Friday, August 13, 2010
He sits himself down on a rock protruding from out of the dry ground. The light is sharp between the fig trees on the mountain slopes around him. He screws up his eyes as his gaze passes over the trees and beyond to the mountains on the other side of the Popovo valley. In his hand at his knee hangs a letter. A white sheet of paper, lines of hastily scribbled letters slanting sharply to the right. Each word utters itself without him reading. They say that his wife is dead and that she will be buried in Dubrovnik beyond the mountains the day after tomorrow at 4 pm. That she was found on the bathroom floor. That it happened while his son, who has written the letter, and his daughter-in-law were in with the neighbours for no more than half an hour, and that she could not have been lying there very long. At the bottom of the page, a busy little symbol is scrawled, and although it is almost quite illegible, he recognises the name of his son.
Now Frane’s coughing returns to him. It consumes him with guilt about the sour, sulphurous feeling in his stomach that its maddening sound on occasion brought up in him. Although he by no means wished to be like that, he was: He was unable to abide the sound of her asthmatic hacking that both of them were aware sooner or later would be the death of her. He found it simply too intimate an experience to hear the mucus rattle in her throat before being loosened, to hear the sputum being worked against the roof of her mouth before being swallowed or spat out into the lavatory. It offended his modesty in the same way as when people champed on their food or quite unashamedly enjoyed the sound of their own singing. He could not endure this demonstration of the force of her asthma, its insufferable momentum and predictability. The illness was a problem medicine was unable to solve, merely adjourn, and which could only annihilate itself by unfurling to the full and killing her.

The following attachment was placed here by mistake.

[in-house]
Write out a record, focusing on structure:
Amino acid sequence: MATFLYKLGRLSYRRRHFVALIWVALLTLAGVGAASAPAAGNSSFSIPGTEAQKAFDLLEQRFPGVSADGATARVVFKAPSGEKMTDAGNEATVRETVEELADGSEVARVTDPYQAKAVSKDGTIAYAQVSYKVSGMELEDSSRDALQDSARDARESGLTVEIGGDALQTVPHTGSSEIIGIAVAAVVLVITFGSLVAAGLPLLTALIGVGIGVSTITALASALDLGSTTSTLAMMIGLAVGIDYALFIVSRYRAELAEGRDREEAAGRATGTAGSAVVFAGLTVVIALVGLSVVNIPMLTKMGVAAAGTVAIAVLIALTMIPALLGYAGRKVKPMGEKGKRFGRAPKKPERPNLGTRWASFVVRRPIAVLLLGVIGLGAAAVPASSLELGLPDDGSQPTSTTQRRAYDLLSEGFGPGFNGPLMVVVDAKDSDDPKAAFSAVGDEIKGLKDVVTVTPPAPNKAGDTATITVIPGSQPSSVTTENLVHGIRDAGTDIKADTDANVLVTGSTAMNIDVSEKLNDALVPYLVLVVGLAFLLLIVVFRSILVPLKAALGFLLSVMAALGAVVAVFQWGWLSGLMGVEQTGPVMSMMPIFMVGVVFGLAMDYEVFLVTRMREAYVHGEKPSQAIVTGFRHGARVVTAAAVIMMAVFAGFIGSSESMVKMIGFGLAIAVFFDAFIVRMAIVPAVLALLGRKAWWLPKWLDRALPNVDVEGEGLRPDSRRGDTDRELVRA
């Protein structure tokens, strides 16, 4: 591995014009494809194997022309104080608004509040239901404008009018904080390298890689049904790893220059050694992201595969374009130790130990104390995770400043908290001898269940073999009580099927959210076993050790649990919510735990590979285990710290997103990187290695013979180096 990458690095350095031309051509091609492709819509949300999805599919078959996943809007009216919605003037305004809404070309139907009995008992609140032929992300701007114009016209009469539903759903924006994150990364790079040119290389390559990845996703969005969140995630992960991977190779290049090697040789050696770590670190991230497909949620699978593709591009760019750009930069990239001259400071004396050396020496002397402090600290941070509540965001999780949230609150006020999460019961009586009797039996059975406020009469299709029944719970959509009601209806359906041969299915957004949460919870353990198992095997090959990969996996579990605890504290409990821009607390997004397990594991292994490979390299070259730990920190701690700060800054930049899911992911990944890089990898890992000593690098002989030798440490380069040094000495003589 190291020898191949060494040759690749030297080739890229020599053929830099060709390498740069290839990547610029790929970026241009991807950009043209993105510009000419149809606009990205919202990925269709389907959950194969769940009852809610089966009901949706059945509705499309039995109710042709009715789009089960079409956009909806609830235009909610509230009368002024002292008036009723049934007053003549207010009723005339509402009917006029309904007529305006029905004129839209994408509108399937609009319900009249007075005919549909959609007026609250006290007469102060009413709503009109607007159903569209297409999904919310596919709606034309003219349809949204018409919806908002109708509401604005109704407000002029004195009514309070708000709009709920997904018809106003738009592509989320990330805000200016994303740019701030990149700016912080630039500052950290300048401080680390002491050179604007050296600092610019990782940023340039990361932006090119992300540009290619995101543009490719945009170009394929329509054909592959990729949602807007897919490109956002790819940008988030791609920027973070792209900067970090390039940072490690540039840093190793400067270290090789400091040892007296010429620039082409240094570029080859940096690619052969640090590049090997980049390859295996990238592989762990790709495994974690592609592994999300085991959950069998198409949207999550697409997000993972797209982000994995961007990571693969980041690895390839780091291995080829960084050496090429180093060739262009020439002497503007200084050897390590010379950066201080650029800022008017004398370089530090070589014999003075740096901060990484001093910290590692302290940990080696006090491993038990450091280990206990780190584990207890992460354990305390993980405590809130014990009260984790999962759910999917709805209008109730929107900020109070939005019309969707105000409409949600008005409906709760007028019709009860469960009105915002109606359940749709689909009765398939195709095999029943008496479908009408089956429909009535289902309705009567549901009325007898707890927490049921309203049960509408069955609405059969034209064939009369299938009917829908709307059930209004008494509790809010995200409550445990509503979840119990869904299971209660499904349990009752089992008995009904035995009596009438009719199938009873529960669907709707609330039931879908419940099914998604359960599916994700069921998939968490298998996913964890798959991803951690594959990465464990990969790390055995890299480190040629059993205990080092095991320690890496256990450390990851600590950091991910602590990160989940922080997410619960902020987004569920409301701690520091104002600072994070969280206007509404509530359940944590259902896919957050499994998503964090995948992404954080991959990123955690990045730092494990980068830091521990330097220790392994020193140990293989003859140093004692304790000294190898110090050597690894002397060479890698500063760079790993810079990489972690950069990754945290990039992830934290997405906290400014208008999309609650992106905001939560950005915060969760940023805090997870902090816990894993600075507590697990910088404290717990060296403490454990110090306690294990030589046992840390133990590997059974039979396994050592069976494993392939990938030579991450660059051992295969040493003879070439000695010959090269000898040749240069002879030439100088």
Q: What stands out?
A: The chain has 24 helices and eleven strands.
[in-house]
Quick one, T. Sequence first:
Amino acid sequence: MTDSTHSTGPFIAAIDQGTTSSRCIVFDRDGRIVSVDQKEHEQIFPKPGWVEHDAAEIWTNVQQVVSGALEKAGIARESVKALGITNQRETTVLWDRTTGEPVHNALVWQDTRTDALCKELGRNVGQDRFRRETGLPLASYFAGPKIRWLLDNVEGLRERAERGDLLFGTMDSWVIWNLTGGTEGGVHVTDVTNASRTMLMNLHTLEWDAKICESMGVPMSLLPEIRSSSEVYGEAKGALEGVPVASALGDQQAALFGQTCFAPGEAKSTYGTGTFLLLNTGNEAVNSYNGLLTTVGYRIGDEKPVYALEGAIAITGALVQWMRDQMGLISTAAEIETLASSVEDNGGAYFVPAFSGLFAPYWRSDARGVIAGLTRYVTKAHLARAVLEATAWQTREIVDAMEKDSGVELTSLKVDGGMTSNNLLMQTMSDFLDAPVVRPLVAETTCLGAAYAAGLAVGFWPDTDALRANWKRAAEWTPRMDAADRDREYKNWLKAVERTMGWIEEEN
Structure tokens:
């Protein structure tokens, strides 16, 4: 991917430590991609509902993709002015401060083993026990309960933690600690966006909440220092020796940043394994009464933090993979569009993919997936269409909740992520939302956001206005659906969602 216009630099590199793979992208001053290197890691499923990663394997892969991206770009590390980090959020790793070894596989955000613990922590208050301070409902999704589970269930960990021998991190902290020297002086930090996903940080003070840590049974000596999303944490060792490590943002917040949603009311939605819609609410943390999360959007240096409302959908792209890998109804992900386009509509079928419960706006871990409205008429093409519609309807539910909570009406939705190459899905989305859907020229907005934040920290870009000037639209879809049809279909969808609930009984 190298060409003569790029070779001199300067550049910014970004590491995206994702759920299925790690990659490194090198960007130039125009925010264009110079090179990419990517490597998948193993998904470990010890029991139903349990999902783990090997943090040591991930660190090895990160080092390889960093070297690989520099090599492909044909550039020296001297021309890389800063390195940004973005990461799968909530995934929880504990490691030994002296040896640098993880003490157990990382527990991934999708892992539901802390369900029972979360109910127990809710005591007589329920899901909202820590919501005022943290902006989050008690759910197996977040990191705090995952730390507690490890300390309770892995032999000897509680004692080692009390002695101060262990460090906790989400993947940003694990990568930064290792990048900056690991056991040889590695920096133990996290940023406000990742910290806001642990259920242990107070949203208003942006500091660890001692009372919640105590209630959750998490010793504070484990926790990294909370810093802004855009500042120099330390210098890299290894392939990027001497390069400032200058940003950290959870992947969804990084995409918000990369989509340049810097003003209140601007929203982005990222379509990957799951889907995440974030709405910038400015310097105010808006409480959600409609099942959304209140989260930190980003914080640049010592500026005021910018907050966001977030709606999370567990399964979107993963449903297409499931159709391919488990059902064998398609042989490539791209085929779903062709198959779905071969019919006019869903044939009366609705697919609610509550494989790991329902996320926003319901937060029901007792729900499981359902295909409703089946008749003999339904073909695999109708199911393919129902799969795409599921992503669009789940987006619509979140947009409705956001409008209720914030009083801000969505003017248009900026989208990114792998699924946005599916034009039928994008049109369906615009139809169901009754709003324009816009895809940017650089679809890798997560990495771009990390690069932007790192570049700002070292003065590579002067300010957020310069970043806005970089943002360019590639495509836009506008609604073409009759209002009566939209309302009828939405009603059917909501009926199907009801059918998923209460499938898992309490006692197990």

He picks up the letter from his knee and reads it again: Frane is dead. They found her on the bathroom floor. She had been lying there for half an hour at the most, while Tomislav and Svetlana were in with the neighbours having coffee, and she will be buried from the Danče church the day after tomorrow at 4 pm. Not a word does it say about needing him home.
extract from sample translation
© Birgithe Kosović & Gyldendal, 2010
Translation © Martin Aitken, 2010